Iran's Uranium Enrichment Breaks Nuclear Deal Limit. Here's What That Means The move signals that Iran is losing patience with the 2015 agreement after the U.S. blocked the economic relief promised.

Iran's Uranium Enrichment Breaks Nuclear Deal Limit. Here's What That Means

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Iran is now enriching uranium above limits set by the 2015 nuclear deal. That's the word from the International Atomic Energy Agency, which monitors Iran's nuclear facilities. Earlier today, Vice President Mike Pence offered this warning.


VICE PRESIDENT MIKE PENCE: Under President Donald Trump, America will never allow Iran to obtain a nuclear weapon.


SHAPIRO: That's Pence speaking at a conference in Washington earlier today. And joining us now to discuss Iran's nuclear activities is NPR's Geoff Brumfiel, who covers science and security for us. Hey, Geoff.


SHAPIRO: Let's start with the vice president's comment there. Is that what Iran is trying to do - get a nuclear weapon?

BRUMFIEL: Well, at the moment it looks like the answer to that question is no. So you need a little enrichment 101 here. Buckle up.


BRUMFIEL: Only a tiny fraction of the uranium that gets dug out of the ground can actually be used for things like nuclear power reactors and nuclear weapons. And so what the process of enrichment is doing is actually concentrating that level. If you enrich to about 5%, that's good for a reactor. Closer to 90% is what you really need for a nuclear bomb. Now, under the nuclear deal, Iran promised to keep it pretty low, at 3.67%. Just over the weekend, Iran announced it was going to be going up to around 4 1/2%. That's still way below bomb-grade.

SHAPIRO: So if they're not sprinting in that direction towards a nuclear weapon, what are they actually doing?

BRUMFIEL: What they're doing is sending a message. The U.S. pulled out of this nuclear agreement last year, and they've been making Iran's life pretty miserable ever since. They've reimposed a ton of sanctions, and they've also imposed sanctions on anyone who does business with Iran.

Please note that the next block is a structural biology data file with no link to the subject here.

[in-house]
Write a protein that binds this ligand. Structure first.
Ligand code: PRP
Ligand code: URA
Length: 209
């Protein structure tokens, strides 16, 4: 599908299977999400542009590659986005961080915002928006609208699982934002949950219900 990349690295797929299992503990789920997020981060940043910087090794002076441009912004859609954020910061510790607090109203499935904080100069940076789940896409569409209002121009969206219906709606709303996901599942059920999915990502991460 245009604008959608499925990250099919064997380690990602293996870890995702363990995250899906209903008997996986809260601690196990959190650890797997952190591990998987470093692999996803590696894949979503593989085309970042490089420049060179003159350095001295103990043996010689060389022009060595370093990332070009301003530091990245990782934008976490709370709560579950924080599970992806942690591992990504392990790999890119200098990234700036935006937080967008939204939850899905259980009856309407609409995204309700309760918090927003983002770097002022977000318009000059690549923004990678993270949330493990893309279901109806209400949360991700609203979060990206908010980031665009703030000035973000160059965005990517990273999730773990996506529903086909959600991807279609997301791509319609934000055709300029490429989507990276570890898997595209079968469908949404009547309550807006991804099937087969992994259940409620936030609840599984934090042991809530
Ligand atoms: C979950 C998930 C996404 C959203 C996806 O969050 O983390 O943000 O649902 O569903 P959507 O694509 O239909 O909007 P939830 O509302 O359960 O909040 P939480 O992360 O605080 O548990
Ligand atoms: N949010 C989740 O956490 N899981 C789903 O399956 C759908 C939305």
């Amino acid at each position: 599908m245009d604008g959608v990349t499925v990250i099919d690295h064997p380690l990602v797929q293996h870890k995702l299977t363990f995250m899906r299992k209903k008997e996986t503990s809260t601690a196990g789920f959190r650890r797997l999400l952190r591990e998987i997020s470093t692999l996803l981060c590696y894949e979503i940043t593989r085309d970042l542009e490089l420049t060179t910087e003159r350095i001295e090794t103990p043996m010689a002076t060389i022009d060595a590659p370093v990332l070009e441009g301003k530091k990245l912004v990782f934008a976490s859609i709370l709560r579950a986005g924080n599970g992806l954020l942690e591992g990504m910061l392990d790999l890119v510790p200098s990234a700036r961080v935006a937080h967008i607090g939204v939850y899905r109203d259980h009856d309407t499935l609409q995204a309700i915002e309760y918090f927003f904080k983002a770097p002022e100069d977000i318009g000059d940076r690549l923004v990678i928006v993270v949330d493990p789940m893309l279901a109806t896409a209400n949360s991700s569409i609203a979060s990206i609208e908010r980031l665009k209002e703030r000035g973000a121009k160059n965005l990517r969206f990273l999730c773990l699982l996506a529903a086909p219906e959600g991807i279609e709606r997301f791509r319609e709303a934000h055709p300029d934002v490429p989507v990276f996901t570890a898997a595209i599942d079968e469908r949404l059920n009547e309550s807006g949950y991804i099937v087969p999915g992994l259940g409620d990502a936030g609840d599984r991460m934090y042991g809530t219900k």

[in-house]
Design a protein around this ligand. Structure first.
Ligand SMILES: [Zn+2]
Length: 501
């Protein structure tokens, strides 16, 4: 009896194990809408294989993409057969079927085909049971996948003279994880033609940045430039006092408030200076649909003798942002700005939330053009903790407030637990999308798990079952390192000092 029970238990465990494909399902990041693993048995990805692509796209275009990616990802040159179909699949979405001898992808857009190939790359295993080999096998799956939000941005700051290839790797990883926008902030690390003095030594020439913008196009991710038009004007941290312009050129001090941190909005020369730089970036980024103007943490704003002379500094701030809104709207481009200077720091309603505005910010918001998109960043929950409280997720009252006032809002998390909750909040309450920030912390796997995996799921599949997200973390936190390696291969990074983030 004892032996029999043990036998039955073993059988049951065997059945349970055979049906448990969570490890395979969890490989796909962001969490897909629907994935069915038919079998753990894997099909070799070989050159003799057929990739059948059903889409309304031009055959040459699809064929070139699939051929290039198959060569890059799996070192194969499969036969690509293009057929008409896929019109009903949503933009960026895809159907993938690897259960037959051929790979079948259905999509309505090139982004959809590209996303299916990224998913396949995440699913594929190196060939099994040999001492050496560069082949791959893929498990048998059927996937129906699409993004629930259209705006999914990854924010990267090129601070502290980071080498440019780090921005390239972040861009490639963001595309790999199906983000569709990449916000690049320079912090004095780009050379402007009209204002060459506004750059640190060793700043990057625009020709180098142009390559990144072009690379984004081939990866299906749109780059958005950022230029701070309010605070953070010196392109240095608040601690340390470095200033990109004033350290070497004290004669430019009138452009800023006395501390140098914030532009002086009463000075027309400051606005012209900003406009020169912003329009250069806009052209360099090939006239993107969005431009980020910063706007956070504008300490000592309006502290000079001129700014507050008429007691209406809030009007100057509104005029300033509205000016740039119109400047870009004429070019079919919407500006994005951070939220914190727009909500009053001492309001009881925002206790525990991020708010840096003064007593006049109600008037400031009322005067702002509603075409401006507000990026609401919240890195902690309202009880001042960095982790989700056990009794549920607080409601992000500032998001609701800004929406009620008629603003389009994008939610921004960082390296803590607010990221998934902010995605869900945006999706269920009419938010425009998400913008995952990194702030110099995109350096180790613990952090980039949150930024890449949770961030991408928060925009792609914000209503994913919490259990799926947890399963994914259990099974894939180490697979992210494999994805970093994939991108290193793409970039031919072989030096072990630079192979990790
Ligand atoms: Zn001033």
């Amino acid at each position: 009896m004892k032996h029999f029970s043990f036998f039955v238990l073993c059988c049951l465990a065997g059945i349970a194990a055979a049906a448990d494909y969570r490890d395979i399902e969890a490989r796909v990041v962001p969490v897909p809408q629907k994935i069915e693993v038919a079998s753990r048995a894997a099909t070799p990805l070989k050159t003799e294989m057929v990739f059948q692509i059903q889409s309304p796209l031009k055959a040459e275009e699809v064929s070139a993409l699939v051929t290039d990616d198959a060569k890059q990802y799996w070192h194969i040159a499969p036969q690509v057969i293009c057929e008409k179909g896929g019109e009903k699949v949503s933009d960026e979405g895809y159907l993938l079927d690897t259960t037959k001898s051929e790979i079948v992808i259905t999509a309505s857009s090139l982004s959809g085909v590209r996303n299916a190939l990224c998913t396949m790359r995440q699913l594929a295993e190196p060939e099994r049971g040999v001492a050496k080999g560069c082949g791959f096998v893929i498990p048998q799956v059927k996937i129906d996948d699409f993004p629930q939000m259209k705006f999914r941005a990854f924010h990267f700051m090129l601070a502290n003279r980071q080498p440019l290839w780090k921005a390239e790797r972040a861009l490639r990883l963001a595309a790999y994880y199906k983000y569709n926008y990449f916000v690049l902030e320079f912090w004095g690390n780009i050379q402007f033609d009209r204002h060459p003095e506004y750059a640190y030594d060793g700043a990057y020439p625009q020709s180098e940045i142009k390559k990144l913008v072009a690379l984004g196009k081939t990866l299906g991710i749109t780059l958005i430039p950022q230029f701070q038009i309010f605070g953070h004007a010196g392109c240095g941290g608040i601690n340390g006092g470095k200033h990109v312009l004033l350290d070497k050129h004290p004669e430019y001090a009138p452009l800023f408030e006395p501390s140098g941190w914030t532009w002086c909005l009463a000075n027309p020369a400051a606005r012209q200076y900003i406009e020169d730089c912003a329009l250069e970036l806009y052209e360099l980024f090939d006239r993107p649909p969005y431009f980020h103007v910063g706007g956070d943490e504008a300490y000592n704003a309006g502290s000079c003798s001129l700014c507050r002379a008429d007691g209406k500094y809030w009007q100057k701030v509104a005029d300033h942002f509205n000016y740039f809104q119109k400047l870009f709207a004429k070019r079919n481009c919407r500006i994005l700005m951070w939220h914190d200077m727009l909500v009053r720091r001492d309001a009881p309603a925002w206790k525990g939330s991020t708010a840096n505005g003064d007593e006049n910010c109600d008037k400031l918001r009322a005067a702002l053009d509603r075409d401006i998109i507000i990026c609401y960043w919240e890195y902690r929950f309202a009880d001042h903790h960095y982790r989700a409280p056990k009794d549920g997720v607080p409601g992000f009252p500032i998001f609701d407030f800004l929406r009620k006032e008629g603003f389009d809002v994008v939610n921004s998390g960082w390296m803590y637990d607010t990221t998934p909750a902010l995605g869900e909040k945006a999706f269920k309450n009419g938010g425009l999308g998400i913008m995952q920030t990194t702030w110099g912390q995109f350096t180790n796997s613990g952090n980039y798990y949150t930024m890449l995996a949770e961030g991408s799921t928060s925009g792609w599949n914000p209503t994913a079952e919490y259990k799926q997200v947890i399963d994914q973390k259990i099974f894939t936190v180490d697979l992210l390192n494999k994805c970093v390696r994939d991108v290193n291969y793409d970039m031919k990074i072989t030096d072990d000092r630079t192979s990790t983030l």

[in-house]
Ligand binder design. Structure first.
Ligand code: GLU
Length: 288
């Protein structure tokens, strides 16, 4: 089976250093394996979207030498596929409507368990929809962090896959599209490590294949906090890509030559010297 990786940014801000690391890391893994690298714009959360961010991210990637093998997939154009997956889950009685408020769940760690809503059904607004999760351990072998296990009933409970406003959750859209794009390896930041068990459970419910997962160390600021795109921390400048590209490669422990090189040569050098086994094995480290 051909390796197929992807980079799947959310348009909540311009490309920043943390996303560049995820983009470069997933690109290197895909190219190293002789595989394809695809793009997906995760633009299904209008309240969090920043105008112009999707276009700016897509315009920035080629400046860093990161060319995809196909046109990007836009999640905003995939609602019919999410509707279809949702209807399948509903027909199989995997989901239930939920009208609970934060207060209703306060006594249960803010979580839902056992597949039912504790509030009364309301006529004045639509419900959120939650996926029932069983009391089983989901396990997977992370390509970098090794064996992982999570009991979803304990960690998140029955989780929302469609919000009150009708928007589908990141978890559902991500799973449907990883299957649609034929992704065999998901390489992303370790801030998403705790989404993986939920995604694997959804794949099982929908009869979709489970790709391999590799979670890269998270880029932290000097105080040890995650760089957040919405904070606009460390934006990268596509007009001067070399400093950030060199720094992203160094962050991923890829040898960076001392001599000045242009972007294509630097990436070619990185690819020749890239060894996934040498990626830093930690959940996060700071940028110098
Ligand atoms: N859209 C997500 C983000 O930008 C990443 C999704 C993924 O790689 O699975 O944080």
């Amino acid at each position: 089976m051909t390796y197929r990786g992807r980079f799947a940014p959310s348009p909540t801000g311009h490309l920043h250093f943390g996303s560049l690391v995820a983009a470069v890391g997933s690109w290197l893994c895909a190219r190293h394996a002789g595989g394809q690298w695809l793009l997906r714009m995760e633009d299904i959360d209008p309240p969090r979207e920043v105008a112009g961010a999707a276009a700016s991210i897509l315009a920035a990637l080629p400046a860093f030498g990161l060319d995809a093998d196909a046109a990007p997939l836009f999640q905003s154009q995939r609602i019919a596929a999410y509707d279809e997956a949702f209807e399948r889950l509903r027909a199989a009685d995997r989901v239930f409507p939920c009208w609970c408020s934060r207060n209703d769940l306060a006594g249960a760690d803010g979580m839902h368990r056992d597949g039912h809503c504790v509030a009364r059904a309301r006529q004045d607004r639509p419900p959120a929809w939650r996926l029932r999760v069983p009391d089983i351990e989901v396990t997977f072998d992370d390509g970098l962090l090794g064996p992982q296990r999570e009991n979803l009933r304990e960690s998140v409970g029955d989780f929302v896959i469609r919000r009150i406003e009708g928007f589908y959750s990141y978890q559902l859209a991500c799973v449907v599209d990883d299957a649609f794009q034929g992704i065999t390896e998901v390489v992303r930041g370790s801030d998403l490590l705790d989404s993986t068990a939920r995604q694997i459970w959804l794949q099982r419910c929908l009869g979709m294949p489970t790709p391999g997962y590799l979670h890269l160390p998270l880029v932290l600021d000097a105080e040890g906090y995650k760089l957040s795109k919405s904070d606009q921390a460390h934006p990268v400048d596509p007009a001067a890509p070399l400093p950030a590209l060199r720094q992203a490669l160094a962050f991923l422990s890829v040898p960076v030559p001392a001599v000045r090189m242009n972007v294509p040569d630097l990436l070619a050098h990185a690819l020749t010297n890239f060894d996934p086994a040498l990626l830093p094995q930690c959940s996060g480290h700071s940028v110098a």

But the U.S. isn't the only party to the nuclear deal. Europe, China and Russia were also supposed to provide Iran economic benefits. And so Iran is crossing these lines in the deal to really try and ramp up the pressure on those other parties to give them some sort of economic benefit to remain at the deal. And they've said that they're going to cross another line in 60 days if they don't start seeing those benefits, although it's unclear exactly what that line would be.

SHAPIRO: So some of this is signaling using uranium enrichment to send a message, but technically it does also get Iran closer to having what they need to build a nuclear weapon, right?

BRUMFIEL: It does. I mean, I would call it a baby step. Most of the experts I've spoken to about this were actually concerned. We knew Iran was going to make some sort of announcement. They were concerned that it might be Iran going all the way to 20% right away or near 20% enrichment. That would be a big step toward getting a nuclear weapon. So Iran is showing restraint here. They're clearly trying to slowly ratchet up the pressure.

SHAPIRO: So how would we know if Iran does decide to start racing toward a nuclear weapon? What signs would we see?

BRUMFIEL: Well, the enrichment levels could go up much, much higher. The other thing to watch for is right now there are all these nuclear inspectors crawling around Iran's facilities, and they're the ones who can say, yes, they've gone over this limit; no, they haven't. Iran may decide to kick them out, and that would be a very, very serious step that would indicate that maybe their intentions were changing.

SHAPIRO: NPR's Geoff Brumfiel, thank you.

BRUMFIEL: Thank you.

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